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I have this original sentence:

I have never been to that supermarket across the street.

I would like to add the informal term "ain't".

How do I integrate it in?

I ain't never been to that supermarket across the street.

I ain't ever been to that supermarket across the street.

I ain't been to that supermarket across the street.

Out of the three sentences (sentence 1, 2 & 3), which one is proper and preferable?

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  • In what context? In formal English, one does not use ain't, and in informal, colloquial, English, one might hear any of the above, whether grammatically "correct" or not. It is much like asking which finger is preferable to use to pick one's nose. Dec 27, 2022 at 2:54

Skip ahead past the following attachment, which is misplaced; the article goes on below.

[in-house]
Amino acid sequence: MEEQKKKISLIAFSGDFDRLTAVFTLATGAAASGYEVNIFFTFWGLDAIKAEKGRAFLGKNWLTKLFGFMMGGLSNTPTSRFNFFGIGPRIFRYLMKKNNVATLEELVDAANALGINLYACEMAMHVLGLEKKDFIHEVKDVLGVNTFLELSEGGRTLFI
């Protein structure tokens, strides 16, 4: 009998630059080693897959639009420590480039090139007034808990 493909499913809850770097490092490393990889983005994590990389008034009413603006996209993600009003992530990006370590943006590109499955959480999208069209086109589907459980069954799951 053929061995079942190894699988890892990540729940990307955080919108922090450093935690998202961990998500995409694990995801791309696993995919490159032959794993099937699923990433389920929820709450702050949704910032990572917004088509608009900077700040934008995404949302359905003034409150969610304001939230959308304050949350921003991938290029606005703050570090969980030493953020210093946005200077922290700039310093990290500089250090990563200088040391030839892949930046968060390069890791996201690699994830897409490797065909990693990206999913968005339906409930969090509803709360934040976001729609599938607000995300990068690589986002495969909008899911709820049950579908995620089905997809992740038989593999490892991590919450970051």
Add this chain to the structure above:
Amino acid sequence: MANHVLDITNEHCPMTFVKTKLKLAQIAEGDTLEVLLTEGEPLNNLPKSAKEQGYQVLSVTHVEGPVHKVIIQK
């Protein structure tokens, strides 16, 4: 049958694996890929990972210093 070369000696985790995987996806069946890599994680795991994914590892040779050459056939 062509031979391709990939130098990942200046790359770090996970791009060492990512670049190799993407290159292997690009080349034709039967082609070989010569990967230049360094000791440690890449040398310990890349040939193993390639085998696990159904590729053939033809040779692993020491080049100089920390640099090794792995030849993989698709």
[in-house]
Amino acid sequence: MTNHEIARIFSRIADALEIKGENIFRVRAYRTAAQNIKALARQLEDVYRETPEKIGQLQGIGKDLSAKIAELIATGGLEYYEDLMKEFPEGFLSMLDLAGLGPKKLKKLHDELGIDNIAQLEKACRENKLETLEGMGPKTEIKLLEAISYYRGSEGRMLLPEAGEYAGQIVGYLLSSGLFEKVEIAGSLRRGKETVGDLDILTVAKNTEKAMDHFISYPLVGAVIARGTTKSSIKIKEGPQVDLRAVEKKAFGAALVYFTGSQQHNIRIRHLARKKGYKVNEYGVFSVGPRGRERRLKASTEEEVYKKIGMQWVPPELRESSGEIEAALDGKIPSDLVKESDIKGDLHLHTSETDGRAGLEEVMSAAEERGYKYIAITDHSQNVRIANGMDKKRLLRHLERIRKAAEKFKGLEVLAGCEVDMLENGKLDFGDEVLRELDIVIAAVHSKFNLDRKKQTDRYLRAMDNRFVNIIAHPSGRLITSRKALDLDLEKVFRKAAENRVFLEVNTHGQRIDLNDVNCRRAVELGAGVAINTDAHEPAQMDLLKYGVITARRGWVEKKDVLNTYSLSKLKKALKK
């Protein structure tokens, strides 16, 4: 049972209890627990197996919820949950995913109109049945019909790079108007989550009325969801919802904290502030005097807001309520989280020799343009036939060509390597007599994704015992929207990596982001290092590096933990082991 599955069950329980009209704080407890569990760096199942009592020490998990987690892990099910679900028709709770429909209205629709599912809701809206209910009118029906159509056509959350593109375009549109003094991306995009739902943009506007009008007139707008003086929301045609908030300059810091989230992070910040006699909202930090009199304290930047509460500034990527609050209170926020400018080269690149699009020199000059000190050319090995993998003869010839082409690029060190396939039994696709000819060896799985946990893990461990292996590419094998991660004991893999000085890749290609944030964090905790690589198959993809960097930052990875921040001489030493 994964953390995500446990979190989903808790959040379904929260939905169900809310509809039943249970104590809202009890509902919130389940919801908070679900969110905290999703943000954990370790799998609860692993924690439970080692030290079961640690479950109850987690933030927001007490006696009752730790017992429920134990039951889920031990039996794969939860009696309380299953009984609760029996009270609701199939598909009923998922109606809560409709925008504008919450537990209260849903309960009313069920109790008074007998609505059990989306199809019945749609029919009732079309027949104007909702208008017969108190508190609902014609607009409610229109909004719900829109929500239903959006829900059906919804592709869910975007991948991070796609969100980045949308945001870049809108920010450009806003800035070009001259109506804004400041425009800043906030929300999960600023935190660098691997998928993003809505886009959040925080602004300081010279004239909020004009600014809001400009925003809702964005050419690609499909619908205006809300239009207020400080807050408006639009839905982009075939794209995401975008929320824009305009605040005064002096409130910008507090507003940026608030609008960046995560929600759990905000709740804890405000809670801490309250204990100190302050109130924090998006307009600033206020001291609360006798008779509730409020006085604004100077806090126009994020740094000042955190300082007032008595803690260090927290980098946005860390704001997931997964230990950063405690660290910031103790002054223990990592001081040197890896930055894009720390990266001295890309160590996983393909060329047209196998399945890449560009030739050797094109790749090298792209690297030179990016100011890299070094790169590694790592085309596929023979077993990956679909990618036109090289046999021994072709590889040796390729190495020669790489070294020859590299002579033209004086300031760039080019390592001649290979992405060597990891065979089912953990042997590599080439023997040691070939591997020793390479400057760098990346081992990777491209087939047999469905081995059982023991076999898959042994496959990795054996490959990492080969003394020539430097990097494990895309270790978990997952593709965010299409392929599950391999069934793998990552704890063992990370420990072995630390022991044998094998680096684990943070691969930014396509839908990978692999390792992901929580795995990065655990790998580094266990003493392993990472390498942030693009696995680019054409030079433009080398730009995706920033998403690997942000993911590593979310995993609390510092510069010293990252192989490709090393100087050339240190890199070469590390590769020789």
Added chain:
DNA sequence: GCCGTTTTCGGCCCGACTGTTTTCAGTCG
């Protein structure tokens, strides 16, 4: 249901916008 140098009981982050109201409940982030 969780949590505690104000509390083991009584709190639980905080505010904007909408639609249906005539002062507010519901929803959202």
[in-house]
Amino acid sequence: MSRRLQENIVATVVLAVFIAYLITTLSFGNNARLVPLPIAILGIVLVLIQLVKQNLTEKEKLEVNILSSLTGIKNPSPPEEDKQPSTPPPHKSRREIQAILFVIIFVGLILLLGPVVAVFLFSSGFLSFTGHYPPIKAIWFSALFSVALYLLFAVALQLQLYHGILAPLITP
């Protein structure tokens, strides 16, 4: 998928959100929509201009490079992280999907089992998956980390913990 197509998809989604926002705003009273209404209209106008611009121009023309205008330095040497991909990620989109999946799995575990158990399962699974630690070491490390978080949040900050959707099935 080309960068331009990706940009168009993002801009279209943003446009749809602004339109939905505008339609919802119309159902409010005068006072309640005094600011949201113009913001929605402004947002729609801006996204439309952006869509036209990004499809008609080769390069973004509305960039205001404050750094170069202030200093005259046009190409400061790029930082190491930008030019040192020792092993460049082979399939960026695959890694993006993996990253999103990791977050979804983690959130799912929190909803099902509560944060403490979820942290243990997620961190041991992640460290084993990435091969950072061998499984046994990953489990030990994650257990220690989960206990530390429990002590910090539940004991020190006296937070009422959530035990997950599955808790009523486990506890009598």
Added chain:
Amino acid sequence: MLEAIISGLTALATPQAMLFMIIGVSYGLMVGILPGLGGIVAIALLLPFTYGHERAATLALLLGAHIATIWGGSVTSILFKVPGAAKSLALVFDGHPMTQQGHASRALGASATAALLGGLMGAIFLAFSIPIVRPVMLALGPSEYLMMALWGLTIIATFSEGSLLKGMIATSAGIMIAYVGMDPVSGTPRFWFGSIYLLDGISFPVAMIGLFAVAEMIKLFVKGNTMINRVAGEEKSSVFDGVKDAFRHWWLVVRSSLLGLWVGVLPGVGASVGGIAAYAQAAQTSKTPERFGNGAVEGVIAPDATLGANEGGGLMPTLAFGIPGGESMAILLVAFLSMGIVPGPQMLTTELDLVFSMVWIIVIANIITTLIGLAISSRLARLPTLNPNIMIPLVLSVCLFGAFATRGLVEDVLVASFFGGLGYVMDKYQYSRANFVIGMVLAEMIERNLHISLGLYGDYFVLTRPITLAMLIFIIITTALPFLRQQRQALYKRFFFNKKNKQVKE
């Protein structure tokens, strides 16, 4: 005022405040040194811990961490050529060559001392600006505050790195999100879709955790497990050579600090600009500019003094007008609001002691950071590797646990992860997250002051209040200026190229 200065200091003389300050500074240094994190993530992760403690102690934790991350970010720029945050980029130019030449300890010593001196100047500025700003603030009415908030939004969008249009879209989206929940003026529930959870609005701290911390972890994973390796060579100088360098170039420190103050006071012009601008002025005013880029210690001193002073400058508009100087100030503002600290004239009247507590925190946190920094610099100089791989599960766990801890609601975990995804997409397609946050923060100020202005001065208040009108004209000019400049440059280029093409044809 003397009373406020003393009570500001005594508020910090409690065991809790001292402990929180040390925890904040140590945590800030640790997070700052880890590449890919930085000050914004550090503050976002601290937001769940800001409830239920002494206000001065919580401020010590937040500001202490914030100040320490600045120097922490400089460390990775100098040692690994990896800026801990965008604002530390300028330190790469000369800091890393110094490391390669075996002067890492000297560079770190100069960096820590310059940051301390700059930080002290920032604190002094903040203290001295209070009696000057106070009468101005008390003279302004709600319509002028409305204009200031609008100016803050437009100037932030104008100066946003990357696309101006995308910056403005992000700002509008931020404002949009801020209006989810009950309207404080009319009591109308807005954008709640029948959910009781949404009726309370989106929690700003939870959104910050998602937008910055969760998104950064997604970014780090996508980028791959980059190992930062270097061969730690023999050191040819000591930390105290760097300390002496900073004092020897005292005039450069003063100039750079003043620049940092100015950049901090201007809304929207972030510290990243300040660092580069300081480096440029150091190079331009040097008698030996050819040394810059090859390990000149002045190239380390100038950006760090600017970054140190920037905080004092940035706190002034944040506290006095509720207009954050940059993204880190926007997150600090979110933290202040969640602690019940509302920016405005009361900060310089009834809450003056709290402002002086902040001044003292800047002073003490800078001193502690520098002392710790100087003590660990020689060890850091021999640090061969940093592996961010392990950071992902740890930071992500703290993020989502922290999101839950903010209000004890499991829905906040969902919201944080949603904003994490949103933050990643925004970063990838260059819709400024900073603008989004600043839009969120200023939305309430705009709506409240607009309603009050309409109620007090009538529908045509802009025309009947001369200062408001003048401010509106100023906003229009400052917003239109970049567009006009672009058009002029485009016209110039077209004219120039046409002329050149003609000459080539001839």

1 Answer 1

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The first example would be most common:

I ain't never been to that supermarket across the street.

That said, I would discourage you from trying to incorporate "ain't" into your speech. Besides the fact that it implies a lack of education, it's really difficult to use it and to sound natural. I moved to Kentucky about 20 years ago, and it's taken me that long to figure out how and when to use ain't and not have people look at me funny.

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  • Thanks for the answer! It is what I want! Dec 27, 2022 at 3:01

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